A Scientific Genealogy: Early Development of Fetal–Neonatal Research

  • Lawrence D. Longo
Chapter
Part of the Perspectives in Physiology book series (PHYSIOL, volume 1)

Abstract

From a broad perspective, the human life-span can be considered as two major periods, prenatal life and postnatal life. By definition, the fetus in utero is a developing mammal or other viviparous vertebrate. The word fetus, however, is an adopted Latin word which signified a “bringing forth, breeding, dropping, or hatching” of young (Smith and Hall 2000, p. 296). By metonymy it came to mean the young or progeny. Thus, strictly speaking a contemporary equivalent would be parturition and neonate. By common usage the term has been pushed back in ontogeny, and in humans, medical texts define this as the unborn young from the eighth week of pregnancy following fertilization (or 10 weeks after the onset of the last menstrual period), that time at which the major organs have been formed until the moment of birth. In humans at 8 weeks, it is about 5 cm (2 in.) in length, weighs ~8 g, and the developing head constitutes about one-half the total mass. From weeks 11–17 of gestation the brain, heart, and other organs continue to develop, and subtleties appear in the several structures such as centers of ossification in bones and development of genitalia. At about 16 weeks, a woman who has been pregnant previously will sense fetal movements, “quickening,” although this may not occur until about 20 weeks in a nulliparous (having not delivered before) woman. From weeks 18–27, development continues with the appearance of many structures such as eyelashes and eyebrows, finger and toe nails, and a fine lanugo hair that covers the body. From weeks 28–40, nerve growth with myelinization continues, the amount of body fat increases, the electrocorticogram takes on a cyclic pattern of low voltage high frequency (associated with rapid eye movements and other muscular activity and an increased rate of cerebral metabolism), alternating with high voltage low frequency. At this time, the fetus is capable of life independent of the mother’s womb, and for the most immature, survival has been enhanced greatly by advances in neonatology. By 37 weeks of gestation almost all infants can survive independently of neonatal intensive care (Figs. 2.1, 2.2, 2.3, 2.4, 2.5, and 2.6).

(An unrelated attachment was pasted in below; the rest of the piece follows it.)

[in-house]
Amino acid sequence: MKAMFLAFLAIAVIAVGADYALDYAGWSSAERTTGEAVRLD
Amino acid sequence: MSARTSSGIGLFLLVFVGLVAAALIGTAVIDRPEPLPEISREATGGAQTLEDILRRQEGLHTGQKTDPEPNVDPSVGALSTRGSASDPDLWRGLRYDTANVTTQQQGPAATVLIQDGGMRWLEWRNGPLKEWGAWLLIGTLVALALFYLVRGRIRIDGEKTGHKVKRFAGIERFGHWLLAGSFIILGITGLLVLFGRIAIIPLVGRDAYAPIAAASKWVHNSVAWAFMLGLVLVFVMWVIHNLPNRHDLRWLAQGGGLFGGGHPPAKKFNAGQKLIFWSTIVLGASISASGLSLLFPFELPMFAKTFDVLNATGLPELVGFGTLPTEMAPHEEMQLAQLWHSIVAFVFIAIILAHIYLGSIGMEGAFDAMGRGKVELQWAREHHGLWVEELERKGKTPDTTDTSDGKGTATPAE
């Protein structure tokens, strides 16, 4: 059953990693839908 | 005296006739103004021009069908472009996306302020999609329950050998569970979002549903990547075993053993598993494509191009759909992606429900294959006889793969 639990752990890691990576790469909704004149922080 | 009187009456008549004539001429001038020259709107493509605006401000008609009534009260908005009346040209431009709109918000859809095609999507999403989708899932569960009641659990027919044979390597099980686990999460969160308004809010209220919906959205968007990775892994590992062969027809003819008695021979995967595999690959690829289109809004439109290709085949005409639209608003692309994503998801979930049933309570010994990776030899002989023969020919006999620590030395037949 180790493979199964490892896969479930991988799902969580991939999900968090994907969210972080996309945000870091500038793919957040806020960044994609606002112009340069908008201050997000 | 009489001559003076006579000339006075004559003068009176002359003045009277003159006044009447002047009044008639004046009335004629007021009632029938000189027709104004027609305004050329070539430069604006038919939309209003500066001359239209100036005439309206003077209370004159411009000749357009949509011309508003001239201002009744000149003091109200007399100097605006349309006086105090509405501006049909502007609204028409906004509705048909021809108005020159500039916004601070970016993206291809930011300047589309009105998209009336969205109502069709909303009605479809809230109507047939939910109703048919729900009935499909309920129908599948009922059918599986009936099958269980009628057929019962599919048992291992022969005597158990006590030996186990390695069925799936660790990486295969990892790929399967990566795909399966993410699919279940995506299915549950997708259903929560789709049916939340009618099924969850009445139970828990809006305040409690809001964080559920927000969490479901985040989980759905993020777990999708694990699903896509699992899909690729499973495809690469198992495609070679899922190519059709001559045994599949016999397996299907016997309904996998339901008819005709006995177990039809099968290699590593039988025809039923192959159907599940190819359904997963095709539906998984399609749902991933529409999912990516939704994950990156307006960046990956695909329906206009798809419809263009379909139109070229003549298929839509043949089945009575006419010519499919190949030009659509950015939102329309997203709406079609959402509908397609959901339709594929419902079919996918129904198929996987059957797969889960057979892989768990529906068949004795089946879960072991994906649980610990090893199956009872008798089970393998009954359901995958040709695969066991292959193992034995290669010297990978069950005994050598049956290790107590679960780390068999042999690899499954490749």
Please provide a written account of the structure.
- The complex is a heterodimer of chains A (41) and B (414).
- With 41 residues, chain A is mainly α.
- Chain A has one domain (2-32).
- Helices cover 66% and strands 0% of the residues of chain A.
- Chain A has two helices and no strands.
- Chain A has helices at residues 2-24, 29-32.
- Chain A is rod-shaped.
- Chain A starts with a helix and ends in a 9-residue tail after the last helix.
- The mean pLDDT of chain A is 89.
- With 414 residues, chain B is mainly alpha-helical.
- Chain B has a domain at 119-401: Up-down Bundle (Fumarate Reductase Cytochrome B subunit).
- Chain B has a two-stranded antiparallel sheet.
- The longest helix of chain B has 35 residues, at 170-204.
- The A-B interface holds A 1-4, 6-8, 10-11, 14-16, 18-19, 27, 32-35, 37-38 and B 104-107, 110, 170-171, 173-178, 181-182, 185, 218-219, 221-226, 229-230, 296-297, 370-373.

Keywords

Sugar Burner Catheter Starch Dioxide 

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Copyright information

© American Physiological Society 2013

Authors and Affiliations

  • Lawrence D. Longo
    • 1
  1. 1.Center for Perinatal BiologyLoma Linda University School of MedicineLoma LindaUSA

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